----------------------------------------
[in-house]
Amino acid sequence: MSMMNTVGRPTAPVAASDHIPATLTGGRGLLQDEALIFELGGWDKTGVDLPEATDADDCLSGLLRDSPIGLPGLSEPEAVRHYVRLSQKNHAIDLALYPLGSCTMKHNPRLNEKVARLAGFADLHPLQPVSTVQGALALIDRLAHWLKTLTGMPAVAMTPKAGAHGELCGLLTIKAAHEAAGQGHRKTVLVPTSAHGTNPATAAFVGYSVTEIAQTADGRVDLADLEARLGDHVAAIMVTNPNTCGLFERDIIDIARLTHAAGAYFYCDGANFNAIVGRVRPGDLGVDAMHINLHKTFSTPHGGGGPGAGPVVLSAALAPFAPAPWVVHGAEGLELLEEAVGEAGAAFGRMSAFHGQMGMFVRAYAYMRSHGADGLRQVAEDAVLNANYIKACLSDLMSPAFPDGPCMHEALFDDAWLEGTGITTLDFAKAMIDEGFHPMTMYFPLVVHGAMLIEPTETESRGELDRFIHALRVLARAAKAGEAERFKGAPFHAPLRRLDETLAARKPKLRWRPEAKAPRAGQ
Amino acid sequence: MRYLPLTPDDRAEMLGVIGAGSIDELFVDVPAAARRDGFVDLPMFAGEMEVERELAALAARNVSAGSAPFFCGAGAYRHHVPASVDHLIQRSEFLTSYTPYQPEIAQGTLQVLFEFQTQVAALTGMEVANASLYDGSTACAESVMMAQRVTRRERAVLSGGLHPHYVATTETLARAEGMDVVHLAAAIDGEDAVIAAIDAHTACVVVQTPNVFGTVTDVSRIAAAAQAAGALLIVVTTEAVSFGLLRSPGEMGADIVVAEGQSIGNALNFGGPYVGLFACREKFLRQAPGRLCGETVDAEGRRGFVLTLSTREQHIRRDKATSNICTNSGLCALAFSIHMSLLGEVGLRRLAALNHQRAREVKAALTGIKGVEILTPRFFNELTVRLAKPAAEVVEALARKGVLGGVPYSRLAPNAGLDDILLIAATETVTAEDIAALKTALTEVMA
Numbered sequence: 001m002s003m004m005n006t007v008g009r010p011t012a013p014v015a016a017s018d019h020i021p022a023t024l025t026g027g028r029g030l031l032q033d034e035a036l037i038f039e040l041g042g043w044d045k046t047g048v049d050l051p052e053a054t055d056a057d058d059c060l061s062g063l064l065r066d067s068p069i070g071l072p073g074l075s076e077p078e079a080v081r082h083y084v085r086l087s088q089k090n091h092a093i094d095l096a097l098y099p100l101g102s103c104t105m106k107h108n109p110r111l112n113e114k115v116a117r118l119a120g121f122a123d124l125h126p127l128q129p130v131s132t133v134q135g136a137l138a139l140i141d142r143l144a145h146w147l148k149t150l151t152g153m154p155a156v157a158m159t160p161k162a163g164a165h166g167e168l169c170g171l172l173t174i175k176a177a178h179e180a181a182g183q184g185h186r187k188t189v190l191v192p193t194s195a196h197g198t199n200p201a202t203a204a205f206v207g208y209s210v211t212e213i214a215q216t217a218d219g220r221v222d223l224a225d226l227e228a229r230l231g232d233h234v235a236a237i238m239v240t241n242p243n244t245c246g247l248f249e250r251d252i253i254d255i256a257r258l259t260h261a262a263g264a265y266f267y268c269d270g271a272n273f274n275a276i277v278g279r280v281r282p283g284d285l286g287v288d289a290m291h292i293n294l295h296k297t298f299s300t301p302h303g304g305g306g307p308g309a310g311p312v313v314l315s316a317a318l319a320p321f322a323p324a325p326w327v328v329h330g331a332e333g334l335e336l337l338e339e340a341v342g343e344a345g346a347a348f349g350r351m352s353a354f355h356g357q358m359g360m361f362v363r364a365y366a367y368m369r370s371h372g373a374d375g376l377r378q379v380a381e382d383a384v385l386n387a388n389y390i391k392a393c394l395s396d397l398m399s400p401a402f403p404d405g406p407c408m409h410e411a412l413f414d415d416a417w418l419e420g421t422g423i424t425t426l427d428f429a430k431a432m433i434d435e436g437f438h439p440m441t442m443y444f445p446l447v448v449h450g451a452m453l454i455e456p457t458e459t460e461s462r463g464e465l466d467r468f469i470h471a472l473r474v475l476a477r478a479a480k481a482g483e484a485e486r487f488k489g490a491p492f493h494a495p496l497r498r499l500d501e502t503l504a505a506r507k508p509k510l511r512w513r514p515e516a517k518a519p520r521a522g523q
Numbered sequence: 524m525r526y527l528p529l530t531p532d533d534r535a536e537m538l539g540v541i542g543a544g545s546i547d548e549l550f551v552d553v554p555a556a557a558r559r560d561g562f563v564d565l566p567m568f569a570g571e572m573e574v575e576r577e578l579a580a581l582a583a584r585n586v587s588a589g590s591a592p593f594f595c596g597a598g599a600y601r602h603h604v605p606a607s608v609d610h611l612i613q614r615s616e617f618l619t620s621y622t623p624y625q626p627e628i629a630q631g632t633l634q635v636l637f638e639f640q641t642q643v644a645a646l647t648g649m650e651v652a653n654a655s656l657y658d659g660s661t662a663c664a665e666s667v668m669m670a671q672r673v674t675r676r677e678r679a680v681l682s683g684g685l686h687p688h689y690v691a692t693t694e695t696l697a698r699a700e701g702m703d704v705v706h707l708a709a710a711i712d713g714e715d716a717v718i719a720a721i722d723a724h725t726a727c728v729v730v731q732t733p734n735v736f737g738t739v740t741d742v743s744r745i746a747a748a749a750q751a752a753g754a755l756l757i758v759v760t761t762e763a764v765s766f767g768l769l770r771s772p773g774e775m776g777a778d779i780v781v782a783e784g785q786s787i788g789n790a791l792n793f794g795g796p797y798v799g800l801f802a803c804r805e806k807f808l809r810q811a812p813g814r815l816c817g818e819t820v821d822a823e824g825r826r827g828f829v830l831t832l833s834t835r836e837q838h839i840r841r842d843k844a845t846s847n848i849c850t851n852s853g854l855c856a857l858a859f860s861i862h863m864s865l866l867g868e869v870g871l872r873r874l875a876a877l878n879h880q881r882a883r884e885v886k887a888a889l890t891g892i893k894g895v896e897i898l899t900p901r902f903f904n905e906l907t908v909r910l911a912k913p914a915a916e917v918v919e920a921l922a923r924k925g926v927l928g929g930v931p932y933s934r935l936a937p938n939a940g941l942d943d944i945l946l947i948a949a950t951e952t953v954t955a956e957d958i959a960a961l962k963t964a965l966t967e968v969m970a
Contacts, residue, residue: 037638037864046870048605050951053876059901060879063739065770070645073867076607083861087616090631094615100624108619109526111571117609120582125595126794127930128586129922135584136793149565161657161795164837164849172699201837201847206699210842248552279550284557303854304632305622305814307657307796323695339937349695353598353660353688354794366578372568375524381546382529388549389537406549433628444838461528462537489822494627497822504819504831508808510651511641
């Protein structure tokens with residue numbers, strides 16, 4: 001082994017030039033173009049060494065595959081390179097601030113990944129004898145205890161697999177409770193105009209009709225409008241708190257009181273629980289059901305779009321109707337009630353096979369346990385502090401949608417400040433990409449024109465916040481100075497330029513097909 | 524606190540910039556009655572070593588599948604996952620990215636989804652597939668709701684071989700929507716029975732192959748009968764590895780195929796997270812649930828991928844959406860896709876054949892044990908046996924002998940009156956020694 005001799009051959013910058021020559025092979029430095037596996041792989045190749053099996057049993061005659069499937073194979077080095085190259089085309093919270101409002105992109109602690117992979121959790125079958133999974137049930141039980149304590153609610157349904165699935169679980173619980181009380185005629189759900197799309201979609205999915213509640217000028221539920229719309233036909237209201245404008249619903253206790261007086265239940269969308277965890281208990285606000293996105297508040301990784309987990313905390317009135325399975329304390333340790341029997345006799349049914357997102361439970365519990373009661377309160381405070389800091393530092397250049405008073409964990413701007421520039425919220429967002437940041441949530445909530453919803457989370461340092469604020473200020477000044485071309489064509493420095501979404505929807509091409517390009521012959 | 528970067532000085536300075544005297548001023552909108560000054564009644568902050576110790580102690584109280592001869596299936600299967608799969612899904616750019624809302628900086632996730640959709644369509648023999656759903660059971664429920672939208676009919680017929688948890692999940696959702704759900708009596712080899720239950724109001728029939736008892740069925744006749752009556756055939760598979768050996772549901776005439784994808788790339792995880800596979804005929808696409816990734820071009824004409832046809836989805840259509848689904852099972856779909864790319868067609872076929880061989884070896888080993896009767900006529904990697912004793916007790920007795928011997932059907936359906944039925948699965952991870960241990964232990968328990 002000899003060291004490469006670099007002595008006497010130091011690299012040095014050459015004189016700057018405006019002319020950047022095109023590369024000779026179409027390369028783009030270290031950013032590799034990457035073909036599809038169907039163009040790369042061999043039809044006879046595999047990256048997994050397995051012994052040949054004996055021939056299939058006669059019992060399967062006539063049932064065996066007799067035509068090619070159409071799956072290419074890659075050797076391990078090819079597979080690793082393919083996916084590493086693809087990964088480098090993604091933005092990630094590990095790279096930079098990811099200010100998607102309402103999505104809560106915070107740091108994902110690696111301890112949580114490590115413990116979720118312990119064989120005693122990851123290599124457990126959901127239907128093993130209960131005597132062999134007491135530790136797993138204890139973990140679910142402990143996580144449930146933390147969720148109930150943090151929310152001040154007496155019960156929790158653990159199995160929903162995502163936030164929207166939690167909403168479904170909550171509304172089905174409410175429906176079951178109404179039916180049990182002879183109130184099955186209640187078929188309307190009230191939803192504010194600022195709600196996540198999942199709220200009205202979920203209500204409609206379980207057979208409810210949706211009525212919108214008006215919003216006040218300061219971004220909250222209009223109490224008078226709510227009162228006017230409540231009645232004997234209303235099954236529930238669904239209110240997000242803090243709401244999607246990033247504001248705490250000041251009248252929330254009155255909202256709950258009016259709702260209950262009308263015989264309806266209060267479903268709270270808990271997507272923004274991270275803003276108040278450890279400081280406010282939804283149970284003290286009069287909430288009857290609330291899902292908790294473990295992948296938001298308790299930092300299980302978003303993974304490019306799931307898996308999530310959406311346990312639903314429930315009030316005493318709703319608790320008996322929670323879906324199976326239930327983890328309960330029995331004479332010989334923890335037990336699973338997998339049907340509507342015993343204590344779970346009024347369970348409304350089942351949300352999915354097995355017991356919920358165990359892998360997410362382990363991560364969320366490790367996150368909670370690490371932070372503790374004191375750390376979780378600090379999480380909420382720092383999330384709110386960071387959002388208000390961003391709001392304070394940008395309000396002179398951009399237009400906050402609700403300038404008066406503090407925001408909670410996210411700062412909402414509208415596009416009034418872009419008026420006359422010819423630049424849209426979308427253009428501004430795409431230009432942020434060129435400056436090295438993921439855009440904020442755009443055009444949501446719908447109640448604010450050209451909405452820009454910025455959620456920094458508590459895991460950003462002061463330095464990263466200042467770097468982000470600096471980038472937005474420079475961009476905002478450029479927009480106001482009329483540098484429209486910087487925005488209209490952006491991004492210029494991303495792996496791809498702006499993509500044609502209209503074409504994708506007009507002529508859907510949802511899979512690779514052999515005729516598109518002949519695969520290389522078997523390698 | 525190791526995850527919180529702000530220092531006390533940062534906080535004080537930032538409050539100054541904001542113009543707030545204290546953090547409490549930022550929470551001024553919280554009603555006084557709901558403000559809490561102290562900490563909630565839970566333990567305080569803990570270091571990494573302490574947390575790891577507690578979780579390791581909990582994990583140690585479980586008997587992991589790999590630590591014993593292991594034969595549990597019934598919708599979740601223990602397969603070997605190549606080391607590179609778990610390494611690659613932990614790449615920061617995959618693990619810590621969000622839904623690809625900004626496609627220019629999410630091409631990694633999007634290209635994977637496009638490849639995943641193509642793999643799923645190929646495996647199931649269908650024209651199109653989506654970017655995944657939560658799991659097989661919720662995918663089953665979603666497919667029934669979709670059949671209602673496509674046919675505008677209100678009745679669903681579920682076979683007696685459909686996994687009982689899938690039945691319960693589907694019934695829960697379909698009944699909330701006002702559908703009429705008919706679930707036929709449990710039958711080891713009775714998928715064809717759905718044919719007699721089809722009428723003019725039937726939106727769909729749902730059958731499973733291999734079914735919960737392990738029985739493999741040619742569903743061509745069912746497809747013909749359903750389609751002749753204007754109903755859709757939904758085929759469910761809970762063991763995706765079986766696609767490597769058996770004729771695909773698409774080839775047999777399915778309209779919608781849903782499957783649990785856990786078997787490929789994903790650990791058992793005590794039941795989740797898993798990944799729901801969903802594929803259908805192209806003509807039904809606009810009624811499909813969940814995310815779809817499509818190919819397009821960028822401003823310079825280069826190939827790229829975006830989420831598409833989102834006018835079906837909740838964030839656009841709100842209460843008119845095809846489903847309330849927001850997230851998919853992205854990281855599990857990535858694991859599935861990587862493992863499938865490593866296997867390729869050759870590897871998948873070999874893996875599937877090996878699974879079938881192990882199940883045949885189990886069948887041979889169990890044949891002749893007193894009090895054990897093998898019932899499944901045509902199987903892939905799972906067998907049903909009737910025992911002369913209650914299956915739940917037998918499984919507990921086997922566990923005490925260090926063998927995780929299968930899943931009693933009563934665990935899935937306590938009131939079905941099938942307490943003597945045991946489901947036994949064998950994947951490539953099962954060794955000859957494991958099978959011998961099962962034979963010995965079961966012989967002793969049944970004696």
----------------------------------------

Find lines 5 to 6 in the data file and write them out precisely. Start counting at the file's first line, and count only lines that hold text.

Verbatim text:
Numbered sequence: 524m525r526y527l528p529l530t531p532d533d534r535a536e537m538l539g540v541i542g543a544g545s546i547d548e549l550f551v552d553v554p555a556a557a558r559r560d561g562f563v564d565l566p567m568f569a570g571e572m573e574v575e576r577e578l579a580a581l582a583a584r585n586v587s588a589g590s591a592p593f594f595c596g597a598g599a600y601r602h603h604v605p606a607s608v609d610h611l612i613q614r615s616e617f618l619t620s621y622t623p624y625q626p627e628i629a630q631g632t633l634q635v636l637f638e639f640q641t642q643v644a645a646l647t648g649m650e651v652a653n654a655s656l657y658d659g660s661t662a663c664a665e666s667v668m669m670a671q672r673v674t675r676r677e678r679a680v681l682s683g684g685l686h687p688h689y690v691a692t693t694e695t696l697a698r699a700e701g702m703d704v705v706h707l708a709a710a711i712d713g714e715d716a717v718i719a720a721i722d723a724h725t726a727c728v729v730v731q732t733p734n735v736f737g738t739v740t741d742v743s744r745i746a747a748a749a750q751a752a753g754a755l756l757i758v759v760t761t762e763a764v765s766f767g768l769l770r771s772p773g774e775m776g777a778d779i780v781v782a783e784g785q786s787i788g789n790a791l792n793f794g795g796p797y798v799g800l801f802a803c804r805e806k807f808l809r810q811a812p813g814r815l816c817g818e819t820v821d822a823e824g825r826r827g828f829v830l831t832l833s834t835r836e837q838h839i840r841r842d843k844a845t846s847n848i849c850t851n852s853g854l855c856a857l858a859f860s861i862h863m864s865l866l867g868e869v870g871l872r873r874l875a876a877l878n879h880q881r882a883r884e885v886k887a888a889l890t891g892i893k894g895v896e897i898l899t900p901r902f903f904n905e906l907t908v909r910l911a912k913p914a915a916e917v918v919e920a921l922a923r924k925g926v927l928g929g930v931p932y933s934r935l936a937p938n939a940g941l942d943d944i945l946l947i948a949a950t951e952t953v954t955a956e957d958i959a960a961l962k963t964a965l966t967e968v969m970a
Contacts, residue, residue: 037638037864046870048605050951053876059901060879063739065770070645073867076607083861087616090631094615100624108619109526111571117609120582125595126794127930128586129922135584136793149565161657161795164837164849172699201837201847206699210842248552279550284557303854304632305622305814307657307796323695339937349695353598353660353688354794366578372568375524381546382529388549389537406549433628444838461528462537489822494627497822504819504831508808510651511641